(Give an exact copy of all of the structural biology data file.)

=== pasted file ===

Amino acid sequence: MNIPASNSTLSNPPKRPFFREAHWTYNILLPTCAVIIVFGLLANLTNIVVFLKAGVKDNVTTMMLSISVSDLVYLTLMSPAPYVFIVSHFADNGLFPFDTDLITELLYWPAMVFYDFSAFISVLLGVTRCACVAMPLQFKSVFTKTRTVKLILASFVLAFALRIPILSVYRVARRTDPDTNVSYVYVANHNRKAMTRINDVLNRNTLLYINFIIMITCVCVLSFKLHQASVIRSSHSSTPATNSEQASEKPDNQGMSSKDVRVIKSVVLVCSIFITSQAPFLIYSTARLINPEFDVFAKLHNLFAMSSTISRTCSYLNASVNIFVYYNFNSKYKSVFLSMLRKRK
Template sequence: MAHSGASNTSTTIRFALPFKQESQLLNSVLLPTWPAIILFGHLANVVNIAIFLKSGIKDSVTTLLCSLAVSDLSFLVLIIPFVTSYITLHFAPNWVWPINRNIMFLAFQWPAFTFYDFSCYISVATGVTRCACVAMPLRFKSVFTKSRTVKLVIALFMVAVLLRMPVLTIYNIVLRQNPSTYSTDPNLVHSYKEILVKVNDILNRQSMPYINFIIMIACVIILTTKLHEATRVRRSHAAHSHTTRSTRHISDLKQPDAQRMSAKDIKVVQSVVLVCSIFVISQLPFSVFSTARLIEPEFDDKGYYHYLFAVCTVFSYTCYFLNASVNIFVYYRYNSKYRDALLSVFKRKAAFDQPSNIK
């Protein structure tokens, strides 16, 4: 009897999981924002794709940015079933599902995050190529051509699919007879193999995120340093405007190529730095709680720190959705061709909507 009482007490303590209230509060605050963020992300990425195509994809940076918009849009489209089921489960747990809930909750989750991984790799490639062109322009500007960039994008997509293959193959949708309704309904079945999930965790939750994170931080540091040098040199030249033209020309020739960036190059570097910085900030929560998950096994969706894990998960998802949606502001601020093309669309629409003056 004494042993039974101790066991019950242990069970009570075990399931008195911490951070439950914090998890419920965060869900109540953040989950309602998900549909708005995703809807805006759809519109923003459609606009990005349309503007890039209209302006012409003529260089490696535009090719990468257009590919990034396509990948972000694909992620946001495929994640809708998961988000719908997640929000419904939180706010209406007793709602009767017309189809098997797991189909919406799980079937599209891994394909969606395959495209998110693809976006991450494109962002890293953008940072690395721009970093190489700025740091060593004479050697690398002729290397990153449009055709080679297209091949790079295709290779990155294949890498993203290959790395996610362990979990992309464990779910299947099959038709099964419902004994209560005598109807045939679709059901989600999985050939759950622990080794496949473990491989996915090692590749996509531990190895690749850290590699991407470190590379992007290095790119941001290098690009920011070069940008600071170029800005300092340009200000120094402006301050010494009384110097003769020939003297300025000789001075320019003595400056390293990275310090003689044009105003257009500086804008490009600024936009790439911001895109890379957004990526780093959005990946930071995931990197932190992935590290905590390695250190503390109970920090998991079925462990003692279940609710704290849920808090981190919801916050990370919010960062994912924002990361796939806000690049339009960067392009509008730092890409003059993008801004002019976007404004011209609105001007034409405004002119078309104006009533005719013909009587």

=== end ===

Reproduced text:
Amino acid sequence: MNIPASNSTLSNPPKRPFFREAHWTYNILLPTCAVIIVFGLLANLTNIVVFLKAGVKDNVTTMMLSISVSDLVYLTLMSPAPYVFIVSHFADNGLFPFDTDLITELLYWPAMVFYDFSAFISVLLGVTRCACVAMPLQFKSVFTKTRTVKLILASFVLAFALRIPILSVYRVARRTDPDTNVSYVYVANHNRKAMTRINDVLNRNTLLYINFIIMITCVCVLSFKLHQASVIRSSHSSTPATNSEQASEKPDNQGMSSKDVRVIKSVVLVCSIFITSQAPFLIYSTARLINPEFDVFAKLHNLFAMSSTISRTCSYLNASVNIFVYYNFNSKYKSVFLSMLRKRK
Template sequence: MAHSGASNTSTTIRFALPFKQESQLLNSVLLPTWPAIILFGHLANVVNIAIFLKSGIKDSVTTLLCSLAVSDLSFLVLIIPFVTSYITLHFAPNWVWPINRNIMFLAFQWPAFTFYDFSCYISVATGVTRCACVAMPLRFKSVFTKSRTVKLVIALFMVAVLLRMPVLTIYNIVLRQNPSTYSTDPNLVHSYKEILVKVNDILNRQSMPYINFIIMIACVIILTTKLHEATRVRRSHAAHSHTTRSTRHISDLKQPDAQRMSAKDIKVVQSVVLVCSIFVISQLPFSVFSTARLIEPEFDDKGYYHYLFAVCTVFSYTCYFLNASVNIFVYYRYNSKYRDALLSVFKRKAAFDQPSNIK
């Protein structure tokens, strides 16, 4: 009897999981924002794709940015079933599902995050190529051509699919007879193999995120340093405007190529730095709680720190959705061709909507 009482007490303590209230509060605050963020992300990425195509994809940076918009849009489209089921489960747990809930909750989750991984790799490639062109322009500007960039994008997509293959193959949708309704309904079945999930965790939750994170931080540091040098040199030249033209020309020739960036190059570097910085900030929560998950096994969706894990998960998802949606502001601020093309669309629409003056 004494042993039974101790066991019950242990069970009570075990399931008195911490951070439950914090998890419920965060869900109540953040989950309602998900549909708005995703809807805006759809519109923003459609606009990005349309503007890039209209302006012409003529260089490696535009090719990468257009590919990034396509990948972000694909992620946001495929994640809708998961988000719908997640929000419904939180706010209406007793709602009767017309189809098997797991189909919406799980079937599209891994394909969606395959495209998110693809976006991450494109962002890293953008940072690395721009970093190489700025740091060593004479050697690398002729290397990153449009055709080679297209091949790079295709290779990155294949890498993203290959790395996610362990979990992309464990779910299947099959038709099964419902004994209560005598109807045939679709059901989600999985050939759950622990080794496949473990491989996915090692590749996509531990190895690749850290590699991407470190590379992007290095790119941001290098690009920011070069940008600071170029800005300092340009200000120094402006301050010494009384110097003769020939003297300025000789001075320019003595400056390293990275310090003689044009105003257009500086804008490009600024936009790439911001895109890379957004990526780093959005990946930071995931990197932190992935590290905590390695250190503390109970920090998991079925462990003692279940609710704290849920808090981190919801916050990370919010960062994912924002990361796939806000690049339009960067392009509008730092890409003059993008801004002019976007404004011209609105001007034409405004002119078309104006009533005719013909009587």